To assess the correlation between age and spinal cord metabolic activity in children using positron emission tomography-computed tomography.
Materials and Methods
The cohort included 128 children imaged from January 2003 through April 2007, excluding those with spinal disease. Using axial images we subjectively graded as minimal, moderate or intense, the fluorodeoxyglucose activity in the pons and three cervical, three thoracic, and two lumbar spinal cord levels. From regions of interest at each level, we determined the maximum standardized uptake value. Patients were grouped by age: Group 1, < 5 years; Group 2, ≥ 5 to < 10 years; Group 3, ≥10 to <15 years; and Group 4, ≥15 < 22 years. We compared subjective grade and standardized uptake values at each level and for each level between age groups. Alpha was set at 0.0046 based on the Bonferroni correction for multiple comparisons.
Results
There were 16 patients in Group 1, 19 in Group 2, 33 in Group 3, and 60 in Group 4. Subjective grade and standardized uptake values were higher in the pons, mid cervical and low thoracic areas than elsewhere in all age groups. Subjective grade significantly increased with age in the cervical and thoracic cord (P <0.0005). Standardized uptake values in the pons and all cord levels significantly increased with increasing age (P≤0.0008).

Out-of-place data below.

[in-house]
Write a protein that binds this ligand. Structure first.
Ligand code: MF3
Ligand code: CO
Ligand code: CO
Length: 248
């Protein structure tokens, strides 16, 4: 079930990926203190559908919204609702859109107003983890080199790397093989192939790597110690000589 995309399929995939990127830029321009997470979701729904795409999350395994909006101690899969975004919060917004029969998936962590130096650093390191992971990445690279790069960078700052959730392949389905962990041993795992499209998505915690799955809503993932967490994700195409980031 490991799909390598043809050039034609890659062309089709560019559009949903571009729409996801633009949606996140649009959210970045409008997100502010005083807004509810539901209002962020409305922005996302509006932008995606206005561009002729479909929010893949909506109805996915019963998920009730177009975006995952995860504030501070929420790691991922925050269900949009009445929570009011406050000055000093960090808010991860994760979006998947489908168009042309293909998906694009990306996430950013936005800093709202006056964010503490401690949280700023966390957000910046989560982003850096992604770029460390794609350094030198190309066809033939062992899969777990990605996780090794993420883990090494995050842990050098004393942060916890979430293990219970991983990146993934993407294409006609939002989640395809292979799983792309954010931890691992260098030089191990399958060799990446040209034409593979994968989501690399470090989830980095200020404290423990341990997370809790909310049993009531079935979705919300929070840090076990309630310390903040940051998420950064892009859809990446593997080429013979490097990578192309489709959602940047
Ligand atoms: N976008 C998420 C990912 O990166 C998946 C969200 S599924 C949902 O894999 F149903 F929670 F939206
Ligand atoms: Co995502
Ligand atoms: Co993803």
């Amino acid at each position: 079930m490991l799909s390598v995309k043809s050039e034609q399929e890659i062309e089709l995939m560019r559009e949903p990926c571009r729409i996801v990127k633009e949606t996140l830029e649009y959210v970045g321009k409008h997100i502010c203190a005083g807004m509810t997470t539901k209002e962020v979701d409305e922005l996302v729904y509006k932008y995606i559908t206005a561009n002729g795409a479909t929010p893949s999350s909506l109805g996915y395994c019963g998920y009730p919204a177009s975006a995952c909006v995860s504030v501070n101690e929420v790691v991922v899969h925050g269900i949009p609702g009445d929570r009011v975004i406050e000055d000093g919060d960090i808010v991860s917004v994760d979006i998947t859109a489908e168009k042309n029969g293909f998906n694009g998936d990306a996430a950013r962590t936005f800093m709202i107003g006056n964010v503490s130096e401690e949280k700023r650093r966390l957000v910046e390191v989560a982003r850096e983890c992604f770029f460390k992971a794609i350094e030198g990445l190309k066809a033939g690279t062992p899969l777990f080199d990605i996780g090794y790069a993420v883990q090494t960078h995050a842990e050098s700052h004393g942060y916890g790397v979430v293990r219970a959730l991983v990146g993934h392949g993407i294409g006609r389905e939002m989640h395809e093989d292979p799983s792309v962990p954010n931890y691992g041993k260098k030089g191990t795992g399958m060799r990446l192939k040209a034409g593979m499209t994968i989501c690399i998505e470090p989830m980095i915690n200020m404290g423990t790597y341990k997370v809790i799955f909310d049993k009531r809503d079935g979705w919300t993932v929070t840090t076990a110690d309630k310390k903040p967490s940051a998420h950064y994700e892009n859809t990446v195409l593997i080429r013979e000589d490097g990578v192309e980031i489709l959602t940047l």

Conclusions
In children, metabolic activity of the spinal cord increases with age. On positron emission tomography, the cord can appear intensely avid in the mid cervical and low thoracic areas.
doi:10.1016/j.acra.2009.01.022
PMCID: PMC3680129  PMID: 19427802
positron emission tomography-computed tomography; spinal cord; children
4.  Role of lymphoscintigraphy and sentinel lymph node biopsy in the management of pediatric melanoma and sarcoma 
Pediatric surgery international  2012;28(6):571-578.
Purpose
The purpose of this study was to describe the use of lymphoscintigraphy and sentinel lymph node biopsy for the management of children with melanoma and sarcomas. We report the experience of two children’s hospitals that utilize this technique to identify sentinel lymph nodes for lymph node biopsy and dissection.